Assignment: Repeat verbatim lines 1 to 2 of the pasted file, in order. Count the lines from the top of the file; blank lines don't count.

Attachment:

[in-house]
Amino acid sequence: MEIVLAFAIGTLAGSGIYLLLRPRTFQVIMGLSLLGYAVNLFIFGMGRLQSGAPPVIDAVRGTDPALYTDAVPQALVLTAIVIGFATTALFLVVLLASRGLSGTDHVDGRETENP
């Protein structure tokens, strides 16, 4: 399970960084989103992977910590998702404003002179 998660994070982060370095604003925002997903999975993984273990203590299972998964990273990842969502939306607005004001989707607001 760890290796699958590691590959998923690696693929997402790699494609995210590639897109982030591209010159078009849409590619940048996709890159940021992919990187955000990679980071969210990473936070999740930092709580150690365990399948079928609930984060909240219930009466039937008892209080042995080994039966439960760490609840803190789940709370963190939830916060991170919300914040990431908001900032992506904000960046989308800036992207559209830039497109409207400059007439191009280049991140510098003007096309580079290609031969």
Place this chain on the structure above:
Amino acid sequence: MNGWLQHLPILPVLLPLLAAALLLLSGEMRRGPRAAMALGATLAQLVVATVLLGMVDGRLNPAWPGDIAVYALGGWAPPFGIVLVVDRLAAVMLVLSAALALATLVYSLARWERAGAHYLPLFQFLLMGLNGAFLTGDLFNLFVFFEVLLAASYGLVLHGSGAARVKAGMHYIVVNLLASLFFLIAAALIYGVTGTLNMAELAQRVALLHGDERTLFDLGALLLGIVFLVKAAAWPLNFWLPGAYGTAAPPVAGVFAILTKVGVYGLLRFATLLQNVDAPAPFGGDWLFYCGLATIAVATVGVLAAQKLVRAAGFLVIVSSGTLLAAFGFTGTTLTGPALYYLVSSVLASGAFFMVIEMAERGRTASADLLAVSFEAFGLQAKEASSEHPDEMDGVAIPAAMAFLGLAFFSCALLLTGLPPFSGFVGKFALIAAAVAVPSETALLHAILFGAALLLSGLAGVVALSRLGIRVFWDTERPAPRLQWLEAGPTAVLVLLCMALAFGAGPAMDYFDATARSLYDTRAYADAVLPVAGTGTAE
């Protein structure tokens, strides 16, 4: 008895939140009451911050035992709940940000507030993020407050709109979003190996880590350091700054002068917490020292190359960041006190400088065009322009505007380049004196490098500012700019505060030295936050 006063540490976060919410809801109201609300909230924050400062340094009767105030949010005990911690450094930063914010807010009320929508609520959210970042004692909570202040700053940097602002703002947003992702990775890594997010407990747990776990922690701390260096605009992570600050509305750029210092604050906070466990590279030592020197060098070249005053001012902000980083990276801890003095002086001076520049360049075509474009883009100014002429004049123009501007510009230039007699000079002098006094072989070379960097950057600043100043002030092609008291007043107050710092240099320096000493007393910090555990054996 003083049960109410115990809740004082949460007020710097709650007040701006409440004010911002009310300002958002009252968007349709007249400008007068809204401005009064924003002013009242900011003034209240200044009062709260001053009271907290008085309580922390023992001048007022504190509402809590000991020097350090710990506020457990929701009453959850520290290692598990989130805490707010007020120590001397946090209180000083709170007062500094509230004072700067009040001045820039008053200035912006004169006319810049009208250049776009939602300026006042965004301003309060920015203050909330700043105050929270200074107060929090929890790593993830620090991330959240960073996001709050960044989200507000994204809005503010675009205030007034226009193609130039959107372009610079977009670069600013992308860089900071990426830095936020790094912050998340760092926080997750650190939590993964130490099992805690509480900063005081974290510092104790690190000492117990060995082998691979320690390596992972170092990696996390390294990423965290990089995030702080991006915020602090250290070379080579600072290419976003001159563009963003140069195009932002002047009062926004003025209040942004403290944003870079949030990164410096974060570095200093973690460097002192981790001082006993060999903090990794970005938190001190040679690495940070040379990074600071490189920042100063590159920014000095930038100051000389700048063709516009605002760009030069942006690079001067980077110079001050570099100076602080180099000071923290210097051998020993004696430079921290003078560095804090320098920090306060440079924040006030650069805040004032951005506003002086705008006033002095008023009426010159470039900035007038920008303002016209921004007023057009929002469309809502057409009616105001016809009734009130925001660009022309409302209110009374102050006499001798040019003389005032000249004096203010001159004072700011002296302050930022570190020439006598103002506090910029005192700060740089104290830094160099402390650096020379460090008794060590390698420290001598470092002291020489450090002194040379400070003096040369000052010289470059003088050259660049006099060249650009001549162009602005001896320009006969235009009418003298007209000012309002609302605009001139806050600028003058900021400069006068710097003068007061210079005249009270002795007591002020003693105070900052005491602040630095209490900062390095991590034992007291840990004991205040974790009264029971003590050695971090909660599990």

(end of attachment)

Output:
[in-house]
Amino acid sequence: MEIVLAFAIGTLAGSGIYLLLRPRTFQVIMGLSLLGYAVNLFIFGMGRLQSGAPPVIDAVRGTDPALYTDAVPQALVLTAIVIGFATTALFLVVLLASRGLSGTDHVDGRETENP